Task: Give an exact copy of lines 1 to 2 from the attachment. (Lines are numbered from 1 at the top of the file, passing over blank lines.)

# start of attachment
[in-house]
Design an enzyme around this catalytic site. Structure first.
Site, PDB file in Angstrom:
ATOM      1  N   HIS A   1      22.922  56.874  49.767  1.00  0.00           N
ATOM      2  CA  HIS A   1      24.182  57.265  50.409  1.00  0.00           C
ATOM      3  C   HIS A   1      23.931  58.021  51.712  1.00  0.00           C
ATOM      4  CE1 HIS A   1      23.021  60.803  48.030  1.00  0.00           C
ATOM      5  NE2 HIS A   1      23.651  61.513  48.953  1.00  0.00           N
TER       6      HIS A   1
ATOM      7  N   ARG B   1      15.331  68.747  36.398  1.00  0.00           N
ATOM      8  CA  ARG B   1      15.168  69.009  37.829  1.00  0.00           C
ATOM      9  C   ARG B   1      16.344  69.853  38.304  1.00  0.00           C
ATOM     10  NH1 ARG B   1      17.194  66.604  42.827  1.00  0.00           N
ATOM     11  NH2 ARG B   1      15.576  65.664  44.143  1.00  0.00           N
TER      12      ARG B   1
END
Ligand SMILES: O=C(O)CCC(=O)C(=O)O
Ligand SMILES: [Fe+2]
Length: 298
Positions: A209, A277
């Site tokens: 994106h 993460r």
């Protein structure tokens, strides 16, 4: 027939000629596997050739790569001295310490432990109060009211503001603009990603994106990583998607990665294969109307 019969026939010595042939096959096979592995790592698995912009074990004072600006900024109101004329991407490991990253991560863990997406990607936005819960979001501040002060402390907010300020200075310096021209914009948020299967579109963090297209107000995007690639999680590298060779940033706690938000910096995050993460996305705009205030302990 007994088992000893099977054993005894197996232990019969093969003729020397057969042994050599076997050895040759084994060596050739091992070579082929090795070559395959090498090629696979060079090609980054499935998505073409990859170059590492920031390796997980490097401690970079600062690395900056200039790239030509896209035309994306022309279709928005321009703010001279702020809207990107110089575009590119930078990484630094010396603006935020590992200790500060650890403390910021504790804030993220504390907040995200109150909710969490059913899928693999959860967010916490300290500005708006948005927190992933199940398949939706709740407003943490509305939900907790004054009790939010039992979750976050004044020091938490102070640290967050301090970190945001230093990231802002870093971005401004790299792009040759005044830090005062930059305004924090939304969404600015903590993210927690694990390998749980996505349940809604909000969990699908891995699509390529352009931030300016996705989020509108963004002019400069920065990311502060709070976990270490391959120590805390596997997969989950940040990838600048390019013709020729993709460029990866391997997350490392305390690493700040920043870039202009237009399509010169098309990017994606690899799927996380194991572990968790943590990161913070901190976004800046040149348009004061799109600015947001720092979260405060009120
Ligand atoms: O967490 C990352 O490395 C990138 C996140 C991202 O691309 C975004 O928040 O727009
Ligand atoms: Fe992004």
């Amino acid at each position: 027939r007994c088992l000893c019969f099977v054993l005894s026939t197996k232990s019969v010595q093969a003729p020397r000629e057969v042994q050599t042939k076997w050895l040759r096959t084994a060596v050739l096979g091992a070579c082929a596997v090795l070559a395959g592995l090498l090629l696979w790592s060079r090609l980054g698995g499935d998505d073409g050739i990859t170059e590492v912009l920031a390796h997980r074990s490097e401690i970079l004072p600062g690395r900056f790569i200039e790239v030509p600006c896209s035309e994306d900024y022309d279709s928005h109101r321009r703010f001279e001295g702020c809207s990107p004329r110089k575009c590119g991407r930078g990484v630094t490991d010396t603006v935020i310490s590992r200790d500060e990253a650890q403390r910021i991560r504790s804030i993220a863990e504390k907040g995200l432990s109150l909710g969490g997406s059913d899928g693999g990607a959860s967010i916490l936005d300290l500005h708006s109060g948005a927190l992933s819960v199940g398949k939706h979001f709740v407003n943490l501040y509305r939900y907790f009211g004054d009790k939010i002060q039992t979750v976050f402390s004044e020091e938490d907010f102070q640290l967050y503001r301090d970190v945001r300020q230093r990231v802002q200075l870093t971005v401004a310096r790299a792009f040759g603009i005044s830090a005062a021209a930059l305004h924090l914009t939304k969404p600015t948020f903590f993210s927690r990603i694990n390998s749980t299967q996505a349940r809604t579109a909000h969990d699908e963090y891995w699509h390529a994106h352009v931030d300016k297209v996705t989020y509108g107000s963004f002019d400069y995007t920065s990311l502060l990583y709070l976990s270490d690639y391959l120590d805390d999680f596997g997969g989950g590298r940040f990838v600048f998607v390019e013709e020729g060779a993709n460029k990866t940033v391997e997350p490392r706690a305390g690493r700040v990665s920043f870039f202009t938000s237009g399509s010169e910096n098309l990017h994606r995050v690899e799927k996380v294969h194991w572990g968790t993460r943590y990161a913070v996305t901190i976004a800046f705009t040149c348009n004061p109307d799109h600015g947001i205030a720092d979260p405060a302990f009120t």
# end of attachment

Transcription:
[in-house]
Design an enzyme around this catalytic site. Structure first.